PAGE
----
13. A spinning top and a driving and control device as recited in claim 5, wherein the said end of the shaft opposite the riding rim has a recess adapted to fittingly receive the free end of the said sleeve member.
1. Field of the Invention
The present invention relates to a driving device for a spinning top which can initiate and maintain a continuous movement of rotation and precession of the top. The device also allows the operator of the device, using only one hand to modify and control the precession movement of the top while spinning. The spinning top and the driving device may be used as a toy or as an apparatus for demonstrating precession and nutation movements.
2. Prior Art
A search of the prior art has failed to reveal any mechanism which can be patentably compared with the present device. In U.S. Pat. No. 3,365,835, a motor is used to spin a top by rotating the tip end of the central post. U.S. Pat. No. 2,762,162 uses a frictional roller to spin the top but no precise mechanism is specified to actuate that roller.
The device for initiating and maintaining a continuous movement of rotation and precession to a spinning top comprises a tubular member, a shaft rotatably mounted inside the tubular member and longitudinally fixed therewith. A riding rim concentrically located relative to the tubular member is secured to the latter at one end thereof. A pivoting member is hingely fixed to the shaft about the level of the rim and adapted to pivot about a transversal axis relative to said shaft. The pivoting member is adapted to be connected to one end of the central post of a spinning top, by a sleeve rotatable about the axis of the post. The post, while in its horizontal position, can rotatably ride on the rim by causing the spinning wheel of the top to rotate around the rim and around its own axis. The shaft is partly exposed outside the tubular member for manual contact for allowing an operator to momentarily brake or change the rotation of the shaft and causing the post to lift from the rim and to provide a precession movement to the spinning top. The change of rotation can be produced by a short reversal of the initial rotation of the shaft.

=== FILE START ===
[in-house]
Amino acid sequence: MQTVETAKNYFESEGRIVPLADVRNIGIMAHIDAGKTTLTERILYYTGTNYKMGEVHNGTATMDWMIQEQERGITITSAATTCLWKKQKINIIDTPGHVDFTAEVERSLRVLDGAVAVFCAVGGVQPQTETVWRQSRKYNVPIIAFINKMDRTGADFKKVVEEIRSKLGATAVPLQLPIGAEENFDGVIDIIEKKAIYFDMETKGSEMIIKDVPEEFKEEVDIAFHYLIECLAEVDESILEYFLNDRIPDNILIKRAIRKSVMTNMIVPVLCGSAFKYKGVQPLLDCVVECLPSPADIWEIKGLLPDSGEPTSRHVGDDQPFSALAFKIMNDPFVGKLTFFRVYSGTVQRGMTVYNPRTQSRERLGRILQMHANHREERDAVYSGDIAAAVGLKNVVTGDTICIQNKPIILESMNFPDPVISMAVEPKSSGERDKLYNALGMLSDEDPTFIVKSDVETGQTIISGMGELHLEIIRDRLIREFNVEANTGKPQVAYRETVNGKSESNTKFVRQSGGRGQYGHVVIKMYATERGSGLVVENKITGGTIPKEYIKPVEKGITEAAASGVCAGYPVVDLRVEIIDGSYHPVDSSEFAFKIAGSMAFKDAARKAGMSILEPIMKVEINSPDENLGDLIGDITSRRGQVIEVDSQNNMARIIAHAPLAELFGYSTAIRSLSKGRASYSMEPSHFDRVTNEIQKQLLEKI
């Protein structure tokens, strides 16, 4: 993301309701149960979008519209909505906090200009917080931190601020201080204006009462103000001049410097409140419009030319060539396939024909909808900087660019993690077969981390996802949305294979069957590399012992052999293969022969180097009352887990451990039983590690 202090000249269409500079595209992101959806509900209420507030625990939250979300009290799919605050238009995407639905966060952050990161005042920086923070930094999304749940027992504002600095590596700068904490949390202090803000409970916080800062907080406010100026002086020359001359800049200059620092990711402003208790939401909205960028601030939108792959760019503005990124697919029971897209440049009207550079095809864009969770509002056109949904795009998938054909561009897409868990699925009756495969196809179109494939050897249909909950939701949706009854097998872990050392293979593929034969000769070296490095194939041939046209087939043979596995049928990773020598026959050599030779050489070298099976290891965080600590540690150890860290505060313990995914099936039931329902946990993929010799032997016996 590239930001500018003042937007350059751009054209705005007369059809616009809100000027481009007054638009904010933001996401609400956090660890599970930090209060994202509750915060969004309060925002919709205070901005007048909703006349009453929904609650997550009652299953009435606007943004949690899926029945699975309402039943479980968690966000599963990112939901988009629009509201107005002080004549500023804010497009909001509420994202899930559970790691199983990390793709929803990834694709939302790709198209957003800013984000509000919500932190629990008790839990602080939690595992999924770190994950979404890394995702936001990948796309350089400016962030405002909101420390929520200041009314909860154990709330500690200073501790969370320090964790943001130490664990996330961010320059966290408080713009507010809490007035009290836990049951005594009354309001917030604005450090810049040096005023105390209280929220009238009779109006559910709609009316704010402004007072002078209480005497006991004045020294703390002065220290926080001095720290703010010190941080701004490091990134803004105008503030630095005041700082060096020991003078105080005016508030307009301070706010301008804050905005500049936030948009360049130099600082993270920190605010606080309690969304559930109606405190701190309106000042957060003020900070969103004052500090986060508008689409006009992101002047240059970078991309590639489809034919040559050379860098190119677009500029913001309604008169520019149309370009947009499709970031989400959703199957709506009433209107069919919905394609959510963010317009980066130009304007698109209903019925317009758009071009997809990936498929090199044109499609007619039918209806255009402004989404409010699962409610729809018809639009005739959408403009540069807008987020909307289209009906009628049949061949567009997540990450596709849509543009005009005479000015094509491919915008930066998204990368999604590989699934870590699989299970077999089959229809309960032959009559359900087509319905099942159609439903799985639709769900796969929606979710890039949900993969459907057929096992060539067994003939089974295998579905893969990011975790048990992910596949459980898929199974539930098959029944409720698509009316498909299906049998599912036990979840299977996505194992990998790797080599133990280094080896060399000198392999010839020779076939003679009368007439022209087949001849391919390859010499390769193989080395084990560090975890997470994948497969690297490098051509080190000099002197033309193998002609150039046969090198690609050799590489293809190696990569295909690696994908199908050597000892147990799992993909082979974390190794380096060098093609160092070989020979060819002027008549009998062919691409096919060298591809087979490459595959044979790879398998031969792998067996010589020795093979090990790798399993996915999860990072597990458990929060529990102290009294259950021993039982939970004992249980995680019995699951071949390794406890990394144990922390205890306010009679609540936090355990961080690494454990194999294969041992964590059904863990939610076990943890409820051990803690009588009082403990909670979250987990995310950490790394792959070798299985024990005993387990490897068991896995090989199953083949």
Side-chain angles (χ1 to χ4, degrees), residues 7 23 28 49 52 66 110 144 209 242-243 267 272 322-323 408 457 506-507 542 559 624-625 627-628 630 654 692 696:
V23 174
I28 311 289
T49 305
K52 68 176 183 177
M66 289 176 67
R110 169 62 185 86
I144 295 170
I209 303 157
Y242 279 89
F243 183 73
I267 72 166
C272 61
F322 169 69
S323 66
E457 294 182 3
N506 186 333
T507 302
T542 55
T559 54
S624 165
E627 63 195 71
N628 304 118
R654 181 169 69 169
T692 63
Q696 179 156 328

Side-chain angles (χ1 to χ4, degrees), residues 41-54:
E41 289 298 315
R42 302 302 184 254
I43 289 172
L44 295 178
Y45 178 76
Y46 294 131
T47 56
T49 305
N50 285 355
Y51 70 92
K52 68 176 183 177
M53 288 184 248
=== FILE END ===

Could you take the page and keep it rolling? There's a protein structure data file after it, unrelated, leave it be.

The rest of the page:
FIG. 1 is a perspective view of a spinning top mounted on a driving device for actuating the spinning top, according to the invention,
FIG. 2 is a cross-sectional view of the spinning top separated from the driving device,
FIGS. 3 and 3a are a cross-sectional views of rotatable sleeves mounted at the end of the spinning top,
FIGS. 4 to 13 inclusive illustrates possible operations of the spinning top and the driving device according to the invention,
FIG. 14 is a top view of a different embodiment of the invention,
FIG. 15 is a side view partly in cross-section of the embodiment shown in FIG. 14 with the spinning tops in a precession movement,
FIG. 16 is a cross-sectional view of another embodiment of a spinning top according to the invention, and
FIG. 17 is a side view of two superposed spinning tops mounted on a driving device partly shown in cross-section.
FIG. 18 is a top view of a spinning wheel according to a different embodiment of the invention.
FIG. 1 illustrates in combination the spinning top 10 and the driving device 12 which is intended to initiate, actuate and maintain a continuous movement of rotation and precession of the spinning top 10,
FIG. 2 illustrates a cross-sectional view of the spinning top 10 and the driving device 12.
The spinning top 10 includes a central post 14, a rotatable sleeve 16 axially mounted on the post 14 with a screw 15. A flywheel 18 is made of a disc portion 20 and a concentric beaded portion 22. A tip portion 24 is an extention of the post 14 on the other side of the disc 20. Although, the spinning wheel illustrated in figs. 1 and 2 is made of a disc 20 and bead 22 having an evenly distributed weight, the disc could be replaced by individual spokes and the bead could be made of discontinuous and balanced weights around the axis of the post 14. One embodiment of the rotatable sleeve 16 is illustrated in FIG. 3. It is made out of a ring 26 mounted on ball-bearings 28 around the tip of the post 14. The ring 26 is mounted on the post 14 preferably in a permanent manner and is adapted to threadedly engage a linking member 30 adapted to threadedly engage a portion of the driving device 12. It should be obvious that the sleeve 16 can be rotatably mounted on the post 14 by means of needle bearings or equivalent means having a low friction in rotation.